Who says connections don't pay off?
When Microsoft Corp. and MCI Communications Corp. announce the terms of a multimillion dollar Windows deal next week, the two giants will ratchet up their long-standing partnership a notch.
MCI has agreed to deploy the Windows operating system-involving a mix of NT Workstation and Windows 95-on more than 50,000 desktops as part of a BackOffice licensing accord. The three-year deal, which also involves licenses for 40,000 copies of Microsoft Office Professional, includes plans to deploy Internet Explorer on 7,000 systems.
Considering the growing collaboration between the two companies, this latest deal was a slam dunk. In February, Microsoft, of Redmond, Wash., and MCI agreed to sell services and products to each other as part of a wide-ranging Internet development partnership.
In sewing up the deal, Microsoft also pushed IBM's OS/2 out of the picture, providing a coda to a five-year internal debate at MCI over operating system futures.
Proponents on both sides of the OS divide had their say about platform directions at the telecommunications company.
"This allows us to do anything from any workstation. Until now, the debate within the company was between OS/2 and NT," said John Gerdelman, president of networkMCI Services. "The significance is that we're getting to a standard. MCI has grown up with NT. I remember when there were only a few people on NT a few years ago, and now it's become a standard where OS/2 was the standard."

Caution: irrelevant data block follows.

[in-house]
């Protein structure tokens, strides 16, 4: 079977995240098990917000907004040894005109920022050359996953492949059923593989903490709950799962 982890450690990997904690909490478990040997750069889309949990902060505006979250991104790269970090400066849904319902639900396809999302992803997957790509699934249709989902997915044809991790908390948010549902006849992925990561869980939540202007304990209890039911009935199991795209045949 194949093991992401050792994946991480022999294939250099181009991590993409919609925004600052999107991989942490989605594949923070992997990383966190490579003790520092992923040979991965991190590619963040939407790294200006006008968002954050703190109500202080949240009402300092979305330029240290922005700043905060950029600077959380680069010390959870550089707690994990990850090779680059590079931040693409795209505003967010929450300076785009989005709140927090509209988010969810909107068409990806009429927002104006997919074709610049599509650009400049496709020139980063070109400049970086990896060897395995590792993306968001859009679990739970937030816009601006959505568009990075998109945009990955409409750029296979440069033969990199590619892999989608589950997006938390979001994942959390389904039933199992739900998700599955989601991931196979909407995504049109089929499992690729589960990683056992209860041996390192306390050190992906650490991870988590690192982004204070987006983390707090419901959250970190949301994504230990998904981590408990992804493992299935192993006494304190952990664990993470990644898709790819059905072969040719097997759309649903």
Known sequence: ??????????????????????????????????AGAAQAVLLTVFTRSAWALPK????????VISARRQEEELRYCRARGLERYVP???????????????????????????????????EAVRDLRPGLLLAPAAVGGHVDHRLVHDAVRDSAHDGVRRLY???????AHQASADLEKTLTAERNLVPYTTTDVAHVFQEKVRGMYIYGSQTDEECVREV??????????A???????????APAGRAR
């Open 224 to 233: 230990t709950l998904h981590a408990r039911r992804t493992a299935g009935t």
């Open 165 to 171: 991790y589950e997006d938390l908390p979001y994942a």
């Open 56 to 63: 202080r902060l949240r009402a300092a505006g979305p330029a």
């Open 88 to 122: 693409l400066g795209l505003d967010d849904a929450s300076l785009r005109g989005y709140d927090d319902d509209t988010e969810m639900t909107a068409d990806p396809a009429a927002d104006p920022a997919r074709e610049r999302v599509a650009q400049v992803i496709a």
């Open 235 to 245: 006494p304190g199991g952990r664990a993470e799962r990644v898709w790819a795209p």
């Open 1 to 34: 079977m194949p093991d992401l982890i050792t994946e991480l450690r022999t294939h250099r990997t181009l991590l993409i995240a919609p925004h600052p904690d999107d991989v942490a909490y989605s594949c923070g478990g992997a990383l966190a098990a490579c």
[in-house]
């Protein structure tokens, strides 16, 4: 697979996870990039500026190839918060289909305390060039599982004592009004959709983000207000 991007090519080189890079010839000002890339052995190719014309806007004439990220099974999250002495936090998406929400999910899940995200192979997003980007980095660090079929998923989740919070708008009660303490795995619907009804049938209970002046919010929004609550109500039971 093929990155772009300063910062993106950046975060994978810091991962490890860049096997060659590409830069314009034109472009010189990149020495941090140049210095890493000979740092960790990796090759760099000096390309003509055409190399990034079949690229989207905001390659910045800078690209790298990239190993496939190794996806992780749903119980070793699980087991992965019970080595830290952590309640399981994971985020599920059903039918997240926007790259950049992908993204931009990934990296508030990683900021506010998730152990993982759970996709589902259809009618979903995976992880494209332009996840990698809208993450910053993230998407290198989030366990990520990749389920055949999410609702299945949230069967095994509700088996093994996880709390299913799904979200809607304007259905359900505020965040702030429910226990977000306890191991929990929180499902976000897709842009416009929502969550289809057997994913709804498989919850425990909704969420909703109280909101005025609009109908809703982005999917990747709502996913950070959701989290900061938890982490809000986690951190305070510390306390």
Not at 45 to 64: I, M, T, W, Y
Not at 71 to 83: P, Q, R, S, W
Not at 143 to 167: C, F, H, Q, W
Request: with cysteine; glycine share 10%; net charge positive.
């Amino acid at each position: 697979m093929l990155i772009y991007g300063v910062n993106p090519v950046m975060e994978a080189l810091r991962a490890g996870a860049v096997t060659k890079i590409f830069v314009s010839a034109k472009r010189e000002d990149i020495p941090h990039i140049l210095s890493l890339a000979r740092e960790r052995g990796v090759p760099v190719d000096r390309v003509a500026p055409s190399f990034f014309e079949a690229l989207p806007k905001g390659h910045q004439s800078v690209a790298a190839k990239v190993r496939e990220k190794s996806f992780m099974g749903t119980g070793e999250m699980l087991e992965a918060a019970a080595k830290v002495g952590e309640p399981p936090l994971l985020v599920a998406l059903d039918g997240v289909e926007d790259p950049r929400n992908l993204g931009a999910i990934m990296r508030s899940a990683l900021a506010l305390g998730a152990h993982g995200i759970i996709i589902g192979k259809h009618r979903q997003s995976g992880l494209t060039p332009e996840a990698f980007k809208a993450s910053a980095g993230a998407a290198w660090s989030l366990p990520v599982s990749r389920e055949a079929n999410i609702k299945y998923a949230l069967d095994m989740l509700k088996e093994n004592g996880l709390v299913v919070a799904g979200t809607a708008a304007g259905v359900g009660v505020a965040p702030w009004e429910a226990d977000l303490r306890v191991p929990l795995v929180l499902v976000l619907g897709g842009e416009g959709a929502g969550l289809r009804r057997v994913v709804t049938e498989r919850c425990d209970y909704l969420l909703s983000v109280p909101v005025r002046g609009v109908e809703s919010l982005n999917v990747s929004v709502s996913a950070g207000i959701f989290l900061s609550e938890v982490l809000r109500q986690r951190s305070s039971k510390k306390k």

IBM did not return calls seeking comment.
However, one analyst said Microsoft's success in convincing MCI to adopt Win 32 came as no surprise.
"Even real OS/2 bigots are not willing to fight the war anymore," said Jon Oltsik, an analyst at Forrester Research Inc. in Cambridge, Mass. Oltsik added that the MCI agreement would have more public relations import than bottom-line impact at Microsoft.
"It's much more valuable to them as a slide and presentation," he said. "Many people have been stalling making the migration from Win 3.1 to NT [Workstation]," he said. "Microsoft may try to make this very visible, but most IT managers will probably say, 'So what? Microsoft is already MCI's business partner.' "
Paul Stanton, director of marketing for Microsoft's Enterprise Customer unit, said the division's consulting services also will play a role in the deployment. The division employs about 1,000 consultants around the globe, serving approximately 800 corporations.
"This agreement is indicative of the broad-scale adoption of Win NT and BackOffice," Stanton said. "It's also significant to Microsoft Office Professional."